Amazingly we are almost at the end of January and the Christmas holidays are just a dim memory. After a slow opening week everything has just exploded and I feel as though I haven’t had a moment to myself. I have spent a lot of time contemplating our REF result and now that HEFCE have released all of the submissions for our competitors, I am giving some thought to what they did and how we might have improved our own return. Although it’s all over, I remain a REF nerd and have given presentations on the outcome to both the School of Biosciences and the Vet School staff. On top of that I have been writing like a demon- a BBSRC grant was submitted just before Christmas and now I am juggling 3 other proposals with deadlines that are just a few weeks away (or less) and a major proposal that will go to the British Heart Foundation once it is finished. Add to that some acts of good citizenship (reviewing grant applications and course accreditation activities), my administrative duties and getting ready for teaching, and there isn’t much time left in the day.
Teaching begins here on Monday and I start my busiest teaching semester of the year. There will be much wailing and gnashing of teeth in a month or two, when the colossal pile of marking starts to land on my desk. I am trying some new Problem-Based Learning approaches this year with our MSc students. Slightly trembly at the thought but hopefully it will be fun and successful. My fate lies in their hands. This will be the final run of my modules which are supported by the first edition of my book as the new version should be published in the summer. The cover design is finalised (I bothered almost everyone I met over a couple of days with options to choose from and the chosen version is shown at the top of this blog) and I await the typeset proofs for approval. Once those are done I would imagine the book will be available for pre-order from all good book shops.
So what’s going on elsewhere in the Langley-Evans lab? Not all of the action is based at my desk. Our activities in Africa are now at their peak as Muniirah has gone out to Uganda and will begin work on the maternal and infant nutrition study early next week. Paphani has been in Botswana for several months now and has recruited over 250 mother/child pairs so far for his study. He returns in around a month and seems on track to have recruited his whole sample, so then the data analysis will begin. We are also working hard to firm up our plans for further investigation of the Bumps and Beyond intervention in Lincoln and Sarah Ellis will be finalising her protocol for data collection very shortly. We hope to start work in the spring. MAGIC is also at a critical point as most of our data is now collected and the final stages of spreadsheet entry and checking are upon us. The first papers should be written soon.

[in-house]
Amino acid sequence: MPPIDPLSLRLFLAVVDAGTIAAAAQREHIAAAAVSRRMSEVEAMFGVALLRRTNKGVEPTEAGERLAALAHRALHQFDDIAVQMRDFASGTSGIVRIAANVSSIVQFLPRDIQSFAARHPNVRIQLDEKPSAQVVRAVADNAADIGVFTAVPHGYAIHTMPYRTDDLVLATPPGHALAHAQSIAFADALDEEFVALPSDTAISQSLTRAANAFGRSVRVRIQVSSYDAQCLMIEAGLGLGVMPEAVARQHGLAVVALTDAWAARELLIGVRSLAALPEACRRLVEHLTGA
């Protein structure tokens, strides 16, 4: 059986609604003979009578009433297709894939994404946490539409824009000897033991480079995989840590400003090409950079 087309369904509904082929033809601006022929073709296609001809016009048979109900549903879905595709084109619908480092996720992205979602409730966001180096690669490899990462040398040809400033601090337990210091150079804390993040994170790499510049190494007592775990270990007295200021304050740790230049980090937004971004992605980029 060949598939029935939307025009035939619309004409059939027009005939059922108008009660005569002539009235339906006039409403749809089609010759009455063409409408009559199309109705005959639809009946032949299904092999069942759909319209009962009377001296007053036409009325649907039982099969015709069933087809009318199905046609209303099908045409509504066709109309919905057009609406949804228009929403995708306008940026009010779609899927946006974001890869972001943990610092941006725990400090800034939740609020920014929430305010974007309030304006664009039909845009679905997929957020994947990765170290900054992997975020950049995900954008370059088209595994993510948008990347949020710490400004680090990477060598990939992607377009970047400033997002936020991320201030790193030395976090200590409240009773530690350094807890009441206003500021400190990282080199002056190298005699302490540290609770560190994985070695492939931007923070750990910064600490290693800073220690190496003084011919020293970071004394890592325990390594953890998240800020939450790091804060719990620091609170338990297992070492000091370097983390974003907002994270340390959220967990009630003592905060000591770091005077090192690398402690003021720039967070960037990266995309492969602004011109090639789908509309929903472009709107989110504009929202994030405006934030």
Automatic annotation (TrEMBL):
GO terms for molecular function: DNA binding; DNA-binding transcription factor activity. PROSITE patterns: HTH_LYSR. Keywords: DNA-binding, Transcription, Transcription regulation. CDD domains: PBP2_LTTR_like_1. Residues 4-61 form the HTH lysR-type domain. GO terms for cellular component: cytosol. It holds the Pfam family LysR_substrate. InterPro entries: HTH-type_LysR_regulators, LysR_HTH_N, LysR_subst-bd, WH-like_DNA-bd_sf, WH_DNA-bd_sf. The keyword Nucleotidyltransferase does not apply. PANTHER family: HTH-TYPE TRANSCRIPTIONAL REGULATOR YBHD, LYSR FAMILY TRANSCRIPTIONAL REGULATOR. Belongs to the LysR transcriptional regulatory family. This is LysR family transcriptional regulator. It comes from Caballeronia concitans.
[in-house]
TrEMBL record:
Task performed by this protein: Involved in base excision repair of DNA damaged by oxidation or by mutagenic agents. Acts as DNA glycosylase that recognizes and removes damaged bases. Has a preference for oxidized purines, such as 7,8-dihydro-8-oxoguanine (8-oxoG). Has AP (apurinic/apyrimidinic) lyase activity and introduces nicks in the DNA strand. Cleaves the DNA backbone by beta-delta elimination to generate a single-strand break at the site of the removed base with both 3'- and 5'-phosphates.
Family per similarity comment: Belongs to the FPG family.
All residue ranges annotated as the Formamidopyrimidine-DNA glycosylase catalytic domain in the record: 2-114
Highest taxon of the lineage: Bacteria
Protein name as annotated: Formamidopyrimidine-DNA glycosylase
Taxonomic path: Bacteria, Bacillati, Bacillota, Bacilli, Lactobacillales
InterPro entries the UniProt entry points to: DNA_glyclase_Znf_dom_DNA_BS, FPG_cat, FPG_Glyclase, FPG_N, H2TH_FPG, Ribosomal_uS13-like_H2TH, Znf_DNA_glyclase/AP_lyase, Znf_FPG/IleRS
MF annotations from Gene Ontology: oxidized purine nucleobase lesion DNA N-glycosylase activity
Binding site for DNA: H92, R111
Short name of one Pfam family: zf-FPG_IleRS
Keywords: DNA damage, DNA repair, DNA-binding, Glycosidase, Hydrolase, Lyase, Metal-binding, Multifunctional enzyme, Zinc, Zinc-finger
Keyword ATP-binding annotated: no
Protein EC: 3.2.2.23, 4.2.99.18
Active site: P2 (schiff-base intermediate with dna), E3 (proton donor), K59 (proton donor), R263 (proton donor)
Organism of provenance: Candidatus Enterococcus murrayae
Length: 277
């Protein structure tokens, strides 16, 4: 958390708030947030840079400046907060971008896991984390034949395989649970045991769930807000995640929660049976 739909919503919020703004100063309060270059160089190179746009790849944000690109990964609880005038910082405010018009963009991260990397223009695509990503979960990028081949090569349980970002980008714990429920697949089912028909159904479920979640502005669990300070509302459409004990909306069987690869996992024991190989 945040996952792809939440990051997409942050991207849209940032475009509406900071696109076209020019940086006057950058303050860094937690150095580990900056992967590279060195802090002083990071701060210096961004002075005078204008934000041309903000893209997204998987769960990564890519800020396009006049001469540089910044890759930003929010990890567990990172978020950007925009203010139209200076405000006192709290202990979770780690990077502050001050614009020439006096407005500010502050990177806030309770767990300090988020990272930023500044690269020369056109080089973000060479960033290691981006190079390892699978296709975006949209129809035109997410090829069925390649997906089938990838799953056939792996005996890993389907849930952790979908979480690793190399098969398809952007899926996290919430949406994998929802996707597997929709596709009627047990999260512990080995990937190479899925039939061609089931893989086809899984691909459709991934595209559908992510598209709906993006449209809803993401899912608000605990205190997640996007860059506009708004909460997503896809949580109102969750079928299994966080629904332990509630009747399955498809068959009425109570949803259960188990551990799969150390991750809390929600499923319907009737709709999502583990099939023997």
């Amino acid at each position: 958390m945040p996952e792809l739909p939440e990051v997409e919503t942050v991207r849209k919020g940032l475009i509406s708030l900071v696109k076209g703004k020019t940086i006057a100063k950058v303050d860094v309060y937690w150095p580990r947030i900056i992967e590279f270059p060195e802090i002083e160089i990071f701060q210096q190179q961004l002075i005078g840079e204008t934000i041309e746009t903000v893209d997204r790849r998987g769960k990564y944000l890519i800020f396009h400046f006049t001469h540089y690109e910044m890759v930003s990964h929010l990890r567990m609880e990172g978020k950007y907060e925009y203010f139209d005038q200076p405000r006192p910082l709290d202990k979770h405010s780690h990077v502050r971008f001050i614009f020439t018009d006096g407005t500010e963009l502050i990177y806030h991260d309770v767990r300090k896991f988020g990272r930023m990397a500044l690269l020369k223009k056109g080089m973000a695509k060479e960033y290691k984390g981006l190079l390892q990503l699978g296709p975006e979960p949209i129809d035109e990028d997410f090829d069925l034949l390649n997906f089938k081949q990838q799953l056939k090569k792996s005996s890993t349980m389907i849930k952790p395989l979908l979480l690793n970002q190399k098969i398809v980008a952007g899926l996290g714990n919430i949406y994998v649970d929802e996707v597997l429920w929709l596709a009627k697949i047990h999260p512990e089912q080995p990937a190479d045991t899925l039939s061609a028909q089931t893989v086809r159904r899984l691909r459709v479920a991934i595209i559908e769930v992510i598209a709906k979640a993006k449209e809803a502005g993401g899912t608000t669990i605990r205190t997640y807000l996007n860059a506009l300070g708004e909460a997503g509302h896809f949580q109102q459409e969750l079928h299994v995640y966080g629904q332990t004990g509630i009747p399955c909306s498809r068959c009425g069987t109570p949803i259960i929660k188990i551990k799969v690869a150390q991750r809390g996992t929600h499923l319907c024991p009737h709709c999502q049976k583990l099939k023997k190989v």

In the laboratory itself (where the wet work goes on) it is a hive of activity as Alice, Bethan and Grace are all working on their quantitative PCR for their various gene expression measurements. I am promised data is imminent, so hopefully there will be some exciting results to report in the near future. Lujain has some interesting data on the effects of varying magnesium concentration on the growth of human vascular endothelial cells in culture and her project is beginning to take shape.
These are exciting times, as the broad portfolio of research that we are currently operating looks poised to deliver a wealth of results. As anyone who knows me will testify, I LOVE DATA! I can’t wait to get my hands on some numbers, do some stats and some thinking and then generate some more papers and grants. Yes I am busy, but I actually thrive on it. I should stop procrastinating now, post this blog and get back to something else.